..and of course, the TransJakarta Bus Rapid Transit system which...
... has turned out to be an enormous success. It currently carries 100,000 passengers a day, triple the amount it was carrying when it started. Surveys have indicated that 14 percent of Busway riders used to drive; and 80 percent of people asked said they would switch to the Busway system if it was accessible.
Its popularity has led to a rapid expansion—after the first line was launched in 2004, another two started operating in 2005, and yet another four in January of this year. By 2010 the government intends to have 15 corridors in operation, covering a total length of 159 kilometres, according to the DTK-J.
Compare that the the Metro Manila Urban Transportation Integration Project (MMUTRIP) that calls for mainly road expansion and signalization as a solution to traffic congestion. MMUTRIP will cover:
...traffic management improvements of the 3 most heavily used public transport corridors in MM. These are EDSA LRT Line 3 Corridor, LRT Line 2 Corridor and the South Luzon Expressway Corridor. It will also include the improvement of selected secondary roads to better disperse traffic over the road network and reduce congestions in arterial roads. Phase I components of the Project are:
1. On-going construction work for the 2,424 m. secondary road of Pasong Tamo. The civil works will include road, sidewalk and drainage improvements, installation of 3 new traffic signal facilities, 6 waiting sheds, 80 streetlights, 1,688 lm of pedestrian barriers including landscaping works.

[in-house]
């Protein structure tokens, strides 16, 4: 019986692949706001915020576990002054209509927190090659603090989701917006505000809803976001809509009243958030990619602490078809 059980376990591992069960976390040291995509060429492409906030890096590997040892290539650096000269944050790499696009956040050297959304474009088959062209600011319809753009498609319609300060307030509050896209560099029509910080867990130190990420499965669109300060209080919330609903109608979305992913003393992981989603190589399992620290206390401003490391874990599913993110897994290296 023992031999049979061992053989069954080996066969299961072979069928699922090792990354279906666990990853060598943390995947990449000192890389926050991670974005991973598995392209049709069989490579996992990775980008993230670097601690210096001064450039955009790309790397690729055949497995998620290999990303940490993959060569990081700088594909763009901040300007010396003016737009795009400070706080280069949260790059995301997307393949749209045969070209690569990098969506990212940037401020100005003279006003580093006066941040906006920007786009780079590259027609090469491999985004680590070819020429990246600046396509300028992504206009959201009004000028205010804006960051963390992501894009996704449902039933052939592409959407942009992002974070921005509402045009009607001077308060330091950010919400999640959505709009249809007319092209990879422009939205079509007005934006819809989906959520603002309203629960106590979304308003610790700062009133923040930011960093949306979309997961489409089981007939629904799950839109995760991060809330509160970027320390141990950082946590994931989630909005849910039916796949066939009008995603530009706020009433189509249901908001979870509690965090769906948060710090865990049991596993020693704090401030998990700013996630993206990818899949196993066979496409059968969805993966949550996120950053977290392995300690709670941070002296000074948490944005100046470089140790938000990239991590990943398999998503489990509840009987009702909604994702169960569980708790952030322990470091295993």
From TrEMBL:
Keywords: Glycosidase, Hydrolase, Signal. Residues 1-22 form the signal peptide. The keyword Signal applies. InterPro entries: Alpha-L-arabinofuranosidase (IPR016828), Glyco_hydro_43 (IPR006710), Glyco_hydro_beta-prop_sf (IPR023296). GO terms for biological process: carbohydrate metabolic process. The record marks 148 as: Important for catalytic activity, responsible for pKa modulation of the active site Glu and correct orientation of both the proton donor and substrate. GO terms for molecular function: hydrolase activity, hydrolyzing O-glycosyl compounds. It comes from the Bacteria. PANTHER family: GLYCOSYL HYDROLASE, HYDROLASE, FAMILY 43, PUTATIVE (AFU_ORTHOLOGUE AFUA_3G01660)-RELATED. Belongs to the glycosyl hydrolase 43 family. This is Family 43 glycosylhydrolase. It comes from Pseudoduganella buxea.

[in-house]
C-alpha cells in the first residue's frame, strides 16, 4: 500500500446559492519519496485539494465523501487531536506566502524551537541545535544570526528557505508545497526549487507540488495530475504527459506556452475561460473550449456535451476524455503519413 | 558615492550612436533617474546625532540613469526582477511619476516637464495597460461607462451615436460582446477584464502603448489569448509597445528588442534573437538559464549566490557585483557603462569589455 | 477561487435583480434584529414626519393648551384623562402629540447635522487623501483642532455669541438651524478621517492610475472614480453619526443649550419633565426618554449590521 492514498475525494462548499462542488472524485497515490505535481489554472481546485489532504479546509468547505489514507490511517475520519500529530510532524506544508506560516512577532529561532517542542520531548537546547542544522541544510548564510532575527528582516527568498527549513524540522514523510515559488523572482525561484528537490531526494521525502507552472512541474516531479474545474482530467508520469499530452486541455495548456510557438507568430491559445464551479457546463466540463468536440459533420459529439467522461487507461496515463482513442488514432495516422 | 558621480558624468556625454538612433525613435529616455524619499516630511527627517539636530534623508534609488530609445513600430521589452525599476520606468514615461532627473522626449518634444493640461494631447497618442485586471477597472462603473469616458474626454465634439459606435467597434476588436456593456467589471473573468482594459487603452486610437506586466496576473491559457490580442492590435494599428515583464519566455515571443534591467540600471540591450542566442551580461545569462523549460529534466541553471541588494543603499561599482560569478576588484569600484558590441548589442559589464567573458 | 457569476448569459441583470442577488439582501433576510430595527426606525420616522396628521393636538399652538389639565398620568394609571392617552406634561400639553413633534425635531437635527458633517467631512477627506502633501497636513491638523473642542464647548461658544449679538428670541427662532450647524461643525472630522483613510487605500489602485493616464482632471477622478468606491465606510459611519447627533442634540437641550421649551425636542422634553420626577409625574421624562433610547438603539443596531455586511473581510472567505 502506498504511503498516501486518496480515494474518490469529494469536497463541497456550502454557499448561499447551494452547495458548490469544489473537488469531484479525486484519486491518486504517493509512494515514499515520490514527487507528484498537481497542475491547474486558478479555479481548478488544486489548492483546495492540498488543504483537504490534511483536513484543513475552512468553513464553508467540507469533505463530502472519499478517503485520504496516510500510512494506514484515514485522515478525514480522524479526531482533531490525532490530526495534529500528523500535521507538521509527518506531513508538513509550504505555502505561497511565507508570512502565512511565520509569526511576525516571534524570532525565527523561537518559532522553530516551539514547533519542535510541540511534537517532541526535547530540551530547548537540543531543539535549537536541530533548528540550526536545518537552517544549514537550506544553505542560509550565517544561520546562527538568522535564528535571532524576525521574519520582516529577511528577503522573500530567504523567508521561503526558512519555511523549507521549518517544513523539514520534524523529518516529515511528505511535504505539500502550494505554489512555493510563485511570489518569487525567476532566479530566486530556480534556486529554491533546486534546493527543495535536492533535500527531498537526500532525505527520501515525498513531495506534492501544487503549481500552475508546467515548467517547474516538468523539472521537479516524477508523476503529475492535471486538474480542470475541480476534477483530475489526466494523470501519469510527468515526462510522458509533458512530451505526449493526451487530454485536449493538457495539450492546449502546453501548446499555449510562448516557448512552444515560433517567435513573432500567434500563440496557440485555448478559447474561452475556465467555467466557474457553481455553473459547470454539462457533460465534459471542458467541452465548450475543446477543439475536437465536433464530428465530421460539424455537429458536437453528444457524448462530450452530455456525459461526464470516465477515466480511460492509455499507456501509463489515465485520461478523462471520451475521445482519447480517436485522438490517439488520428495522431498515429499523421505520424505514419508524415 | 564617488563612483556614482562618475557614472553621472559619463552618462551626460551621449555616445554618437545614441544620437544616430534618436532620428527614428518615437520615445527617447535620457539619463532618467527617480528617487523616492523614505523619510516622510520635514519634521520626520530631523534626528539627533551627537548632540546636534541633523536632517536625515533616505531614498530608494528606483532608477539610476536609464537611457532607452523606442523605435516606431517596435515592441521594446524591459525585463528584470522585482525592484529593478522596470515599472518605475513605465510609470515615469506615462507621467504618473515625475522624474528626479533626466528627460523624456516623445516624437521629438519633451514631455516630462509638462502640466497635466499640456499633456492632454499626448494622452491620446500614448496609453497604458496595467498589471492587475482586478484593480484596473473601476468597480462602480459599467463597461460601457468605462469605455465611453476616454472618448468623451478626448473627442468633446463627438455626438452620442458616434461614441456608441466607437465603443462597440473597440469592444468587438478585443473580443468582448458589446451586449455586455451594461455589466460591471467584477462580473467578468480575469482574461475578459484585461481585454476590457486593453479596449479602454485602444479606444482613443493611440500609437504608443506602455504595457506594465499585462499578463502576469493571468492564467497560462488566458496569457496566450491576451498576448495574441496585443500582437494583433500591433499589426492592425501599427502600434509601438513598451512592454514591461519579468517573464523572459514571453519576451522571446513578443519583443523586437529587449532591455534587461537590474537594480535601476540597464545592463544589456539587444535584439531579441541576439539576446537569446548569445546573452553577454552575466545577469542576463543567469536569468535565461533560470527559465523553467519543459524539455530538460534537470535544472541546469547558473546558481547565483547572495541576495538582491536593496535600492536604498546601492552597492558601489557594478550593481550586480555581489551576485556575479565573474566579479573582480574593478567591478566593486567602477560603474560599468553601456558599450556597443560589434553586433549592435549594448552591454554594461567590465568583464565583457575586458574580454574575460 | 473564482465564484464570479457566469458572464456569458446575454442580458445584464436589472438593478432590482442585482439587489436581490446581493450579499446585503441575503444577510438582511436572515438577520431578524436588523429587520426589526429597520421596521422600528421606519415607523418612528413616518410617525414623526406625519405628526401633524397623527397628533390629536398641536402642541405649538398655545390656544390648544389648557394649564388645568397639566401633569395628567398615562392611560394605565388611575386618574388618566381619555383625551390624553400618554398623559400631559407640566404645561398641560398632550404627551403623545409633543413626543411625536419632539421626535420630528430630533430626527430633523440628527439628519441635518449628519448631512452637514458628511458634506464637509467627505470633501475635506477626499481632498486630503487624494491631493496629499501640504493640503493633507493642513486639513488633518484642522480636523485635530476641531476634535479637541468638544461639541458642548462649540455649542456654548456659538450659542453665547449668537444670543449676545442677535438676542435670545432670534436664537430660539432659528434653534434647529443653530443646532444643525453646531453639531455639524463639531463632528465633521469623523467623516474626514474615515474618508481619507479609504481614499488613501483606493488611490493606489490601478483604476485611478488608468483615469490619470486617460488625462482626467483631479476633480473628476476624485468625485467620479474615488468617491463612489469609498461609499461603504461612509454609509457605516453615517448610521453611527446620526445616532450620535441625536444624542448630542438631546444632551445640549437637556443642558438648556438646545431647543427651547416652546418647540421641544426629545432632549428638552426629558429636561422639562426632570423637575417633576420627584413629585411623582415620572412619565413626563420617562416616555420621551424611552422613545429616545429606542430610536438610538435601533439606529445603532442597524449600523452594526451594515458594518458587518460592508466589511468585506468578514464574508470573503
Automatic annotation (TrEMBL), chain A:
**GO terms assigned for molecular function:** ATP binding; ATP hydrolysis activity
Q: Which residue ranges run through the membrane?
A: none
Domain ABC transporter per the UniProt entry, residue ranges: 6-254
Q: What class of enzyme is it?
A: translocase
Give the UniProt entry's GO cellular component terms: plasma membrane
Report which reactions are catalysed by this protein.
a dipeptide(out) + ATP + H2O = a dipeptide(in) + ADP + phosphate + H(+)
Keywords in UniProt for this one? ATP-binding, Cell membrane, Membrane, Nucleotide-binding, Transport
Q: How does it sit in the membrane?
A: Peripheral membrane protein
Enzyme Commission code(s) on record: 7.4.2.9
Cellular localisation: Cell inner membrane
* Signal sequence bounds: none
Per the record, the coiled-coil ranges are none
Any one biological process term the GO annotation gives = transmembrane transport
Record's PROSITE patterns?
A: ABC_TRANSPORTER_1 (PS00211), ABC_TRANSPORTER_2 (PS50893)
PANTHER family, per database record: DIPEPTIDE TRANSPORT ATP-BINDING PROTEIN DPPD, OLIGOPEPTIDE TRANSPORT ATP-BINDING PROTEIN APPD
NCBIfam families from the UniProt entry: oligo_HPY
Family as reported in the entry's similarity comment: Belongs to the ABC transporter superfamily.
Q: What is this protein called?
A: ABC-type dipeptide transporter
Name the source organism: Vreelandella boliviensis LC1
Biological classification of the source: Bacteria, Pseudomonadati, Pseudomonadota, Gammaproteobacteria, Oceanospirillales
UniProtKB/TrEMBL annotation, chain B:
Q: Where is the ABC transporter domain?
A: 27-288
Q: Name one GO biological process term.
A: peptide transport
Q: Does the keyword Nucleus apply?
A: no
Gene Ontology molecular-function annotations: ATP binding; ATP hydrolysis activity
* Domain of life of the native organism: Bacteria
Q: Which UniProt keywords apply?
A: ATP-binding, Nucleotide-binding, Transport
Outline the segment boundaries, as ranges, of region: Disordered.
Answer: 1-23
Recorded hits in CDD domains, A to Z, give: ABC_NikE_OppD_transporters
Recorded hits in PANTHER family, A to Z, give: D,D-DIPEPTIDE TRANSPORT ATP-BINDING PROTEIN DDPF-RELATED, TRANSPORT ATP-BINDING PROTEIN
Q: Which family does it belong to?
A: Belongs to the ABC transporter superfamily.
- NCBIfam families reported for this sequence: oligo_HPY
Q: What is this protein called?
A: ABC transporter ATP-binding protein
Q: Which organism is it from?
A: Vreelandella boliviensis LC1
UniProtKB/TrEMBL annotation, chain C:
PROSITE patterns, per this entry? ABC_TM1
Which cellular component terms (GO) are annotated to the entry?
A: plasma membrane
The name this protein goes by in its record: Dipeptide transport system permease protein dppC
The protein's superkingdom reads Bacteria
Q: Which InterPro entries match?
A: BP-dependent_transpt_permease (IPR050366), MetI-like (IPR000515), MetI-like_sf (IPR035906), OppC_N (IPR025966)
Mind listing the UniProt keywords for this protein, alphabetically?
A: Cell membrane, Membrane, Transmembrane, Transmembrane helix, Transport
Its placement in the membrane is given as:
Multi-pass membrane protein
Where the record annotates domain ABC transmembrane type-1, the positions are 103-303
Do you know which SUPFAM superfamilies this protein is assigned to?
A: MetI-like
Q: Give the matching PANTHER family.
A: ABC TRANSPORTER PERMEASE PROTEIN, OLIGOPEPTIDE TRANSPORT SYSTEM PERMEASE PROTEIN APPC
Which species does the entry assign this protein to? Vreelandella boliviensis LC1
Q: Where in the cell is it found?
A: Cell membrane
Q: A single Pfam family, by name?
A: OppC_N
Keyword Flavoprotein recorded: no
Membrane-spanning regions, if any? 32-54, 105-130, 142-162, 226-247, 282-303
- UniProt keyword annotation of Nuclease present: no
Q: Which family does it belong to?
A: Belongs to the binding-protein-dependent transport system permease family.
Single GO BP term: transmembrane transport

2. Construction works for the improvement of EDSA Corridor through the improvement of identified secondary roads and 6 major intersecting roads. It will also involve the construction of new pedestrian bridges, rehabilitation of existing ones, elevated walkways, covered sidewalks and waiting sheds.
3. Finalization of the engineering designs for the improvement of LRT Line 2 Corridor (C.M Rector to Marcos Highway).
In MMDA's world: pedestrian barriers, yes; better bus systems, no. ("But all the important people are in cars...")
Meanwhile, Futurarc lists the sweet reasons for TransJakarta's success:
First, it is an easy and, perhaps more importantly, cheap system to get up and running quickly—the construction required is limited to building shelters and physically separating the bus lane from the rest of vehicle traffic. The shelters are clean; the buses are comfortable and more fuel-efficient. The system has been integrated into the light rail transit (LRT) coming in from the suburbs and with inter-city bus stations in Jakarta’s suburban towns. Plans are in place to integrate the system further with the monorail, subway and water-based transport systems.
And this last line, should be a daily mantra for all our traffic managers and transportation planners.
Sutanto agrees the Busway is the best way of alleviating traffic quickly in Jakarta. “One bus can carry 80 people. Sixty-five cars would be needed to carry the same number of people,” he says.Ah, but first, we have to get them out of their cars.